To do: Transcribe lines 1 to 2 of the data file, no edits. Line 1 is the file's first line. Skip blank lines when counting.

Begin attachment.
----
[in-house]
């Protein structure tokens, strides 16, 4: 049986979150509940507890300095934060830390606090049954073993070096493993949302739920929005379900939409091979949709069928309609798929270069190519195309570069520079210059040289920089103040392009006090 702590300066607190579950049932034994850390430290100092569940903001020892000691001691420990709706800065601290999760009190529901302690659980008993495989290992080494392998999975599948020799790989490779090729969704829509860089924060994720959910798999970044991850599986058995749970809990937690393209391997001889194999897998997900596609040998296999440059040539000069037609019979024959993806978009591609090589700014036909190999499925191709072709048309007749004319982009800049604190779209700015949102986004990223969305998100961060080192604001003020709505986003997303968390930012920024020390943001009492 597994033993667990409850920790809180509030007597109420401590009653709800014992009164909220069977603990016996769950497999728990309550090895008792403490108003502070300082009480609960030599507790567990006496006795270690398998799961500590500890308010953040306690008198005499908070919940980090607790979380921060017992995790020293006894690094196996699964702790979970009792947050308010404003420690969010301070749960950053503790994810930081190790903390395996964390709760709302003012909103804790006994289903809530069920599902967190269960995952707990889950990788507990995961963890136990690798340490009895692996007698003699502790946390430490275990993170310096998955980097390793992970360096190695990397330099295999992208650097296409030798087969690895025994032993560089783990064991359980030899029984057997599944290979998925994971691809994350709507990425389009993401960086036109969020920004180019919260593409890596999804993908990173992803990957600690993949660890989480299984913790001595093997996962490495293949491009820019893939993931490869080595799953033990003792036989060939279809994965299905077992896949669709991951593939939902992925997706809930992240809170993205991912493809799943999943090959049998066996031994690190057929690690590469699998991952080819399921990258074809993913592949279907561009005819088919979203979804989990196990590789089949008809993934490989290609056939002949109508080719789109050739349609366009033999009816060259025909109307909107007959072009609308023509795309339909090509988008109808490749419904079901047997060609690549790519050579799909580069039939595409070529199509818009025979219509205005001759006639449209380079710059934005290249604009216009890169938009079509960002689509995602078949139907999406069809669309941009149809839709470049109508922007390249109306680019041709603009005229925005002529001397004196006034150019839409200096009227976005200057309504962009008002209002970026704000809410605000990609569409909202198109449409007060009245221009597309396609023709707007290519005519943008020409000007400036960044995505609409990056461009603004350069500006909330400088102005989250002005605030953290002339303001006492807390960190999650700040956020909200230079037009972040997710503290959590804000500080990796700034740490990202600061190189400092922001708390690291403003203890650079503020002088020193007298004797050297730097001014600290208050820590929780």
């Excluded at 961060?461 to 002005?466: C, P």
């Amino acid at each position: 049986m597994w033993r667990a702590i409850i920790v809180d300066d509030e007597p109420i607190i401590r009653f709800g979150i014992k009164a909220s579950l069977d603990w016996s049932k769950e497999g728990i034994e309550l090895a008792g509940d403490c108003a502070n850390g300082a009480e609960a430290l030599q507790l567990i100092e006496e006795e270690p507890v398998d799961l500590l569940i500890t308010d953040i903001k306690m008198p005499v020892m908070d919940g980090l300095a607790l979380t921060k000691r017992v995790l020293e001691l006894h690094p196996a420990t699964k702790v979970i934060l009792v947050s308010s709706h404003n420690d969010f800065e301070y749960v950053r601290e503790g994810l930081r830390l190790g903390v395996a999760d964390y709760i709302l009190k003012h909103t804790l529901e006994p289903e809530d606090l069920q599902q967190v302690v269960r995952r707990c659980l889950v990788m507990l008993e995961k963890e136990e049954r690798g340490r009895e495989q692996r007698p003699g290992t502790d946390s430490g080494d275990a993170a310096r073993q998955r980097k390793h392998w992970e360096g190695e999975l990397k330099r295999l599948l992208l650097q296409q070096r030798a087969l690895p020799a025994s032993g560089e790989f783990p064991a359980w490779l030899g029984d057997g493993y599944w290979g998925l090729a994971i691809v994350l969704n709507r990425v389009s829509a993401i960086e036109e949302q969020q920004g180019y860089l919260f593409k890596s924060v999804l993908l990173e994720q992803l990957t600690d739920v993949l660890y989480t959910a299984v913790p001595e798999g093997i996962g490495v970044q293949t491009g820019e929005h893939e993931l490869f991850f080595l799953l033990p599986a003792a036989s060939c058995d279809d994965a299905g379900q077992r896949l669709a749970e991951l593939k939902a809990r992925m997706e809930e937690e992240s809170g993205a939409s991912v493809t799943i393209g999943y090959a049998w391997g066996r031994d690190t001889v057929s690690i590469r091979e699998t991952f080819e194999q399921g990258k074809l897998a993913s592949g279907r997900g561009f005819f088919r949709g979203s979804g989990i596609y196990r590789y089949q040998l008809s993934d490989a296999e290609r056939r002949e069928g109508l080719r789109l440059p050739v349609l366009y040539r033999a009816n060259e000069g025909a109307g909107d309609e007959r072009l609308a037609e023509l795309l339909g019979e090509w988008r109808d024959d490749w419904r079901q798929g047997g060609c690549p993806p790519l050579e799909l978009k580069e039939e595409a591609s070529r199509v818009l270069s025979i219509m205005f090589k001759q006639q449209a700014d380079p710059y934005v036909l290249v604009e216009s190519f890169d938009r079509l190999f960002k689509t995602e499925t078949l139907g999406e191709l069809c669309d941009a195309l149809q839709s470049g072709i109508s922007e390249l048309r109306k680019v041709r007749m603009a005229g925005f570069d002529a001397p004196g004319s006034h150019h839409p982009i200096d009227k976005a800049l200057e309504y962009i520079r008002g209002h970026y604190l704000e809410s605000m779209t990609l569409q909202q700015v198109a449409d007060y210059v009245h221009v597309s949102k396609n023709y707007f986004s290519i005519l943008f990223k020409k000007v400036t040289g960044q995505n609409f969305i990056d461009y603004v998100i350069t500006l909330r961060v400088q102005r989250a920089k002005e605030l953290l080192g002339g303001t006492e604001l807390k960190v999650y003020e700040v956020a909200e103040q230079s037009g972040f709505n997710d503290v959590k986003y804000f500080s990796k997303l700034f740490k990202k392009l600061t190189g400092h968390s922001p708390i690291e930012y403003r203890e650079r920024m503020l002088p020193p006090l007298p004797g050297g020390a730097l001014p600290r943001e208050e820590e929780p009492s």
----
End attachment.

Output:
[in-house]
């Protein structure tokens, strides 16, 4: 049986979150509940507890300095934060830390606090049954073993070096493993949302739920929005379900939409091979949709069928309609798929270069190519195309570069520079210059040289920089103040392009006090 702590300066607190579950049932034994850390430290100092569940903001020892000691001691420990709706800065601290999760009190529901302690659980008993495989290992080494392998999975599948020799790989490779090729969704829509860089924060994720959910798999970044991850599986058995749970809990937690393209391997001889194999897998997900596609040998296999440059040539000069037609019979024959993806978009591609090589700014036909190999499925191709072709048309007749004319982009800049604190779209700015949102986004990223969305998100961060080192604001003020709505986003997303968390930012920024020390943001009492 597994033993667990409850920790809180509030007597109420401590009653709800014992009164909220069977603990016996769950497999728990309550090895008792403490108003502070300082009480609960030599507790567990006496006795270690398998799961500590500890308010953040306690008198005499908070919940980090607790979380921060017992995790020293006894690094196996699964702790979970009792947050308010404003420690969010301070749960950053503790994810930081190790903390395996964390709760709302003012909103804790006994289903809530069920599902967190269960995952707990889950990788507990995961963890136990690798340490009895692996007698003699502790946390430490275990993170310096998955980097390793992970360096190695990397330099295999992208650097296409030798087969690895025994032993560089783990064991359980030899029984057997599944290979998925994971691809994350709507990425389009993401960086036109969020920004180019919260593409890596999804993908990173992803990957600690993949660890989480299984913790001595093997996962490495293949491009820019893939993931490869080595799953033990003792036989060939279809994965299905077992896949669709991951593939939902992925997706809930992240809170993205991912493809799943999943090959049998066996031994690190057929690690590469699998991952080819399921990258074809993913592949279907561009005819088919979203979804989990196990590789089949008809993934490989290609056939002949109508080719789109050739349609366009033999009816060259025909109307909107007959072009609308023509795309339909090509988008109808490749419904079901047997060609690549790519050579799909580069039939595409070529199509818009025979219509205005001759006639449209380079710059934005290249604009216009890169938009079509960002689509995602078949139907999406069809669309941009149809839709470049109508922007390249109306680019041709603009005229925005002529001397004196006034150019839409200096009227976005200057309504962009008002209002970026704000809410605000990609569409909202198109449409007060009245221009597309396609023709707007290519005519943008020409000007400036960044995505609409990056461009603004350069500006909330400088102005989250002005605030953290002339303001006492807390960190999650700040956020909200230079037009972040997710503290959590804000500080990796700034740490990202600061190189400092922001708390690291403003203890650079503020002088020193007298004797050297730097001014600290208050820590929780």